There's a game we special education teachers are forced to play sometimes and it's this: Try To Soften the Blow For Regular Education Teachers Who Don't Want "Issues" In Their Classes.
Now don't get me wrong, I very rarely come across a teacher who makes it clear that he/she doesn't want kids with special needs in his/her room, it's behaviors that they don't want and quite often, kids with special needs also have behavior issues. What makes it easier for them to target the kids with special needs is that they have a case manager like myself to whom they can plead to have the child removed from the class for various reasons.
Case #1 I had a girl who was not dressing for P.E. I figured out that she had no P.E. clothes at home and was living in "one of the most disgusting houses I have ever seen" according to another special educator. Rather than admit to this, she masked her pitiful situation with defiance (as many children do). The P.E. teacher was sick of her and asked me to remove her from his class since she was going to fail anyway. Removing her wouldn't have benefited her at all at this point, it would only have benefited him in that he wouldn't have to deal with her. I'm willing to give him the benefit of the doubt, but he made no attempt to understand her or even listen to me when I told him my findings.
Case #2 A technology teacher gets to teach a fun little class with fun students who are interested in what they're doing. One of my students with Asperger Syndrome LOVES computers and so I put him in the class. I give her my usual "Here's student X" bio of his strengths, weaknesses and any behavior concerns to keep an eye out for through e-mail and I get about five back in the first day stating many different reasons why it would be best not to put him in the class. This is before she even met the kid. He ended up being just fine and she enjoyed having him.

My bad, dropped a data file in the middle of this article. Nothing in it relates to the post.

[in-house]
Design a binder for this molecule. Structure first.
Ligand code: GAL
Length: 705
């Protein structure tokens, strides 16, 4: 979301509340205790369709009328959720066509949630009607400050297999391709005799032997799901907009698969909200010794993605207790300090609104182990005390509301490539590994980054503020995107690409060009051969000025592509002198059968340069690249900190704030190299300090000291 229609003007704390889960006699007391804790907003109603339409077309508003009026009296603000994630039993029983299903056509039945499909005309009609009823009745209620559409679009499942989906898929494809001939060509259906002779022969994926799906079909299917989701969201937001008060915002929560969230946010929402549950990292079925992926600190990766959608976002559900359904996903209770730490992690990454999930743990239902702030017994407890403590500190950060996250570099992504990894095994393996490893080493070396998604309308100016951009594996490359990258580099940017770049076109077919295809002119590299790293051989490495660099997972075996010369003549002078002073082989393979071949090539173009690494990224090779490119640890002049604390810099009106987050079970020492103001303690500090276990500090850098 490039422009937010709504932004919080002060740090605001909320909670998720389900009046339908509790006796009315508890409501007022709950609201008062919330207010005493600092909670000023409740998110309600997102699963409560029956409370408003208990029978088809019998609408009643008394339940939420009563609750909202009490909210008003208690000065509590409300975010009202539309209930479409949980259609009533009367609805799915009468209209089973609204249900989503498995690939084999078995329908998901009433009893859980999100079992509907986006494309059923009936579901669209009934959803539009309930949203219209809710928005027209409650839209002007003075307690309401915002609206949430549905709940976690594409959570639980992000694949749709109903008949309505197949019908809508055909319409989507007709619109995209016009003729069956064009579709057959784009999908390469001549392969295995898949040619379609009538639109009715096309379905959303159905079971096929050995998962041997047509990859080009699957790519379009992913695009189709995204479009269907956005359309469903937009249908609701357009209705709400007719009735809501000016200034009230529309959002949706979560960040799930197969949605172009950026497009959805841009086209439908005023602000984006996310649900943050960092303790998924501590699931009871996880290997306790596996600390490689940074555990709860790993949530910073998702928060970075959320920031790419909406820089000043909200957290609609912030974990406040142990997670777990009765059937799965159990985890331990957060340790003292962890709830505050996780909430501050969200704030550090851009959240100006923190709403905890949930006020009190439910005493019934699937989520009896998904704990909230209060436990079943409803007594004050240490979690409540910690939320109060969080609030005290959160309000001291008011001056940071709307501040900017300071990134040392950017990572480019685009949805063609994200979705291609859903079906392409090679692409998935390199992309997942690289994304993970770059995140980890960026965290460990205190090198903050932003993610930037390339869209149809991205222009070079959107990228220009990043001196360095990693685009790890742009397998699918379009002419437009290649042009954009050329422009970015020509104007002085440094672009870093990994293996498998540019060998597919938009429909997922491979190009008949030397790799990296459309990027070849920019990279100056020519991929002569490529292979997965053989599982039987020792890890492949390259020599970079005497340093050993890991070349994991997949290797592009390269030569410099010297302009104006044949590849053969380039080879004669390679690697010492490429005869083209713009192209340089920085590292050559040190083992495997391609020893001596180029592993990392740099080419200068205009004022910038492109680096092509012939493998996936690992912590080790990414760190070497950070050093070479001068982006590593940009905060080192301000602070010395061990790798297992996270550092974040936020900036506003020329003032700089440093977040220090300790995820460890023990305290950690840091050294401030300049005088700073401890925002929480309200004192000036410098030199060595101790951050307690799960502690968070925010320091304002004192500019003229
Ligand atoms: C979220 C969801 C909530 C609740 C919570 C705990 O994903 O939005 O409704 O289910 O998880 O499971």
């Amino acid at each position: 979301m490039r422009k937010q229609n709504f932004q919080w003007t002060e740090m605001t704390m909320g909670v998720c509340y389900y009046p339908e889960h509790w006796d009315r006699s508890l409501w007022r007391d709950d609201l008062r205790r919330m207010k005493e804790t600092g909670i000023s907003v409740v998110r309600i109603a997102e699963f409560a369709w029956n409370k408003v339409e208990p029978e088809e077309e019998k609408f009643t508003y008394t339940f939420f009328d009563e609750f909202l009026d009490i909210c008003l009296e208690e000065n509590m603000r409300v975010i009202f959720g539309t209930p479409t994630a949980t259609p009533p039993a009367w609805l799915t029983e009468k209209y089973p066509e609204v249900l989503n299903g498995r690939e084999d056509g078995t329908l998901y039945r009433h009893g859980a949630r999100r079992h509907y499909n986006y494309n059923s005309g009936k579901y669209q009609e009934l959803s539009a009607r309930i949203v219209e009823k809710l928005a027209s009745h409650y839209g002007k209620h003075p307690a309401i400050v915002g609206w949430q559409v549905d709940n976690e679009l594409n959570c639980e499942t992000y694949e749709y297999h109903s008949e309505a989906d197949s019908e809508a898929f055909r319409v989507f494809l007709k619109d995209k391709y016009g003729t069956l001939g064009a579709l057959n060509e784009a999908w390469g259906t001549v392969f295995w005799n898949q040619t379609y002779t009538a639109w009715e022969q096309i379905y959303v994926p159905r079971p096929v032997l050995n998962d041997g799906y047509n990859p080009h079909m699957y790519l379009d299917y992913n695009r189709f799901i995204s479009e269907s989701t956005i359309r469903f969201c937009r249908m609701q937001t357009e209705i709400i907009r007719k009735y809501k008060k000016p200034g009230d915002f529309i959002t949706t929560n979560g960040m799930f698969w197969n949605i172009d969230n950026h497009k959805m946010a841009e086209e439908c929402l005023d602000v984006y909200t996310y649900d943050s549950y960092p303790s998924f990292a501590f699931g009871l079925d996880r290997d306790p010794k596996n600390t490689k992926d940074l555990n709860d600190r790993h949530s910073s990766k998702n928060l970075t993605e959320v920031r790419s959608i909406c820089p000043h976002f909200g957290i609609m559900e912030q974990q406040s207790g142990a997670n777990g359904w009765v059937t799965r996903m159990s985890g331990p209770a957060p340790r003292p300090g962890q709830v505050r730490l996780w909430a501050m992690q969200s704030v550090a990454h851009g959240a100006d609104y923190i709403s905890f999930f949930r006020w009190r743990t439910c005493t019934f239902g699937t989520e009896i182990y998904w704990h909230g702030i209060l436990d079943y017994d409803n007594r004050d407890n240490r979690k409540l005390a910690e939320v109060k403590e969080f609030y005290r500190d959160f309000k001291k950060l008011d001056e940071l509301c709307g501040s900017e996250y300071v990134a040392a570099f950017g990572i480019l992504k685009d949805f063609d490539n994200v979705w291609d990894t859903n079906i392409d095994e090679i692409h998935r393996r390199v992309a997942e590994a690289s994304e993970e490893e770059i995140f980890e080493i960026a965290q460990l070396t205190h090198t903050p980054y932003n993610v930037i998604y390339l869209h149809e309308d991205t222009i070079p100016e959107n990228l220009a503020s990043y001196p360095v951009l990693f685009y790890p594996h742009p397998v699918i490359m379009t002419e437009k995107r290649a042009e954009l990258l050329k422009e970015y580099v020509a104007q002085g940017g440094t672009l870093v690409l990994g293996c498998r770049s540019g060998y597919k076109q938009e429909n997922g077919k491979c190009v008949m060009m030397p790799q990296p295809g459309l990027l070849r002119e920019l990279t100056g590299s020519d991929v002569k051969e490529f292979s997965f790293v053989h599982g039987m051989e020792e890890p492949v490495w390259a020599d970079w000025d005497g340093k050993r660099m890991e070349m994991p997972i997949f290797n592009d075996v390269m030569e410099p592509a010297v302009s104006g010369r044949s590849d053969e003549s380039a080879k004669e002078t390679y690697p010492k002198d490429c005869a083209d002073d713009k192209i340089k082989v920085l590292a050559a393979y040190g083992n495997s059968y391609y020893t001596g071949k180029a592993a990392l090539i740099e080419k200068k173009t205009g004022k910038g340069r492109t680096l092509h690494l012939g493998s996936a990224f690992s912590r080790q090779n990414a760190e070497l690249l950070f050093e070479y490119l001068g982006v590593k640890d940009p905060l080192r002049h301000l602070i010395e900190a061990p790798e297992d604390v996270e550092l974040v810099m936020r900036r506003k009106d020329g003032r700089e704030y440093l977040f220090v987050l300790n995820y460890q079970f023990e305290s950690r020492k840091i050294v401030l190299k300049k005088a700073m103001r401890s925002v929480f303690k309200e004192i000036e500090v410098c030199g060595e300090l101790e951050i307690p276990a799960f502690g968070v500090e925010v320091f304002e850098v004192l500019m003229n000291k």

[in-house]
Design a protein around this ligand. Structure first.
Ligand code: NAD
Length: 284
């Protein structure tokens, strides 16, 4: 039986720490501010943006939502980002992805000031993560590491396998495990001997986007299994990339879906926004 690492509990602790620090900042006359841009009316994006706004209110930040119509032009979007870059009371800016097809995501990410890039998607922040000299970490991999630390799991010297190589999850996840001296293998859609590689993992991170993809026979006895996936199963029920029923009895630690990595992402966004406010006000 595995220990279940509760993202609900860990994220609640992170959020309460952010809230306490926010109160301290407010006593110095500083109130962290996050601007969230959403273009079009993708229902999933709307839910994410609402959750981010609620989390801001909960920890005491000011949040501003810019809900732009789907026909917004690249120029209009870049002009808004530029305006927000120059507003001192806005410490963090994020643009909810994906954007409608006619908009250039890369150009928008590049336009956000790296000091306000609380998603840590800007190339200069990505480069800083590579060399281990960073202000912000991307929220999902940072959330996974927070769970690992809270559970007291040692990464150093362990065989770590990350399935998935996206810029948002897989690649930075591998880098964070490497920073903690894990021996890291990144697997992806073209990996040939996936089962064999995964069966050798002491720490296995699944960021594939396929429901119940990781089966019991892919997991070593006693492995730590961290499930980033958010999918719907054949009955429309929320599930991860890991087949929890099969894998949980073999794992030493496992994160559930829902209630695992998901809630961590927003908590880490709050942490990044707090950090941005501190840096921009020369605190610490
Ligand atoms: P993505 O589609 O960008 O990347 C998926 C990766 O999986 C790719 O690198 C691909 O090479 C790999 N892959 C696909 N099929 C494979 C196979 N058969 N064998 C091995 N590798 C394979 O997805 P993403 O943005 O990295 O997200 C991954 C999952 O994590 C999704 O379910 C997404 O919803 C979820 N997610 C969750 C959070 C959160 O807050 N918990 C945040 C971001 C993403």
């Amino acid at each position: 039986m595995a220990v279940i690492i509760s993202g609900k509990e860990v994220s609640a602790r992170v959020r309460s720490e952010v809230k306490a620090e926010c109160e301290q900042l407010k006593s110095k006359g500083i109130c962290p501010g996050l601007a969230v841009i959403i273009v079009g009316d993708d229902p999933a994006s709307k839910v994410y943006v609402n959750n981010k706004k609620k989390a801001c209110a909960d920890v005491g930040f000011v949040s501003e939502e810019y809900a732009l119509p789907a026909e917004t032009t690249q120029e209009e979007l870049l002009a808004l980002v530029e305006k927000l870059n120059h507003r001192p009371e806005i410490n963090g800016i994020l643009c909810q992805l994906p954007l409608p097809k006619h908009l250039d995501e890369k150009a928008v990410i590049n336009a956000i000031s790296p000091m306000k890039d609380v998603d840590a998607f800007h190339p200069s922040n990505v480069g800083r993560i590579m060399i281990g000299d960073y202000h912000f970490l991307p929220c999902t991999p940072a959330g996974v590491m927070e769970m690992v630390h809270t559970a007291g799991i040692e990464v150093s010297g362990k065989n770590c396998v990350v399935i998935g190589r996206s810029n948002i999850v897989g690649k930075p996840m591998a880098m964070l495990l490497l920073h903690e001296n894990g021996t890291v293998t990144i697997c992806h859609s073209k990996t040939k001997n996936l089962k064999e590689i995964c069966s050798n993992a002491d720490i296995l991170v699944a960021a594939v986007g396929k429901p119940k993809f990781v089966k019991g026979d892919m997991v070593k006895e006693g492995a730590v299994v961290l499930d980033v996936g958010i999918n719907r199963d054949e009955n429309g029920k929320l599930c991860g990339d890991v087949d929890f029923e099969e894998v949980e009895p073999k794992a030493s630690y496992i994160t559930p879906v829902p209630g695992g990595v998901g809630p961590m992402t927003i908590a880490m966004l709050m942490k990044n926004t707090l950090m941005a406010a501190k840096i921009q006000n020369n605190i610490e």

Case #3 Same tech teacher. I'm giving her another student this year and yet again, I get the five frantic e-mails. She even tried to make it seem like the difficult text would be the best reason why my student couldn't join the class. I requested a copy of the book from her and she handed it to me in her best "boy-isn't-this-the-most-huge-and-intimidating-book-you've-ever-seen" way and I said I'd just go over the material with my girl before she even gets to class so she'd walk in with a confident step. No problem.
I actually like this teacher, she's a nice woman, but I'm sick and tired of this attitude that "those kids" are just mine and that no one else has to adapt to incorporate them and include them in the class' structure.
Case #4 I'm sick of instances like a speech therapist who say she won't see my student because "he doesn't want to see me, and I'm not going to work with a student who doesn't want to work with me". Wouldn't that be nice??! Oh my God, all this time I've been coaxing and needling and bonding, I could have just cut them off like a gangrenous limb and left them to someone else? I can understand that many teachers who don't have the luxuries I have (I rarely have to design lessons, I rarely have to grade) may not have the time, but if they've got someone like me who DOES have the time, who is willing to help them understand the child and facilitate his/her education in their room, they shouldn't dismiss it because it doesn't fit into their idea of what a good classroom looks like.
These may not be the kids of yore with the polished apple and a "please sir" obsequious tone, but they are OUR children and we have no right to avoid teaching them because we're too lazy to care.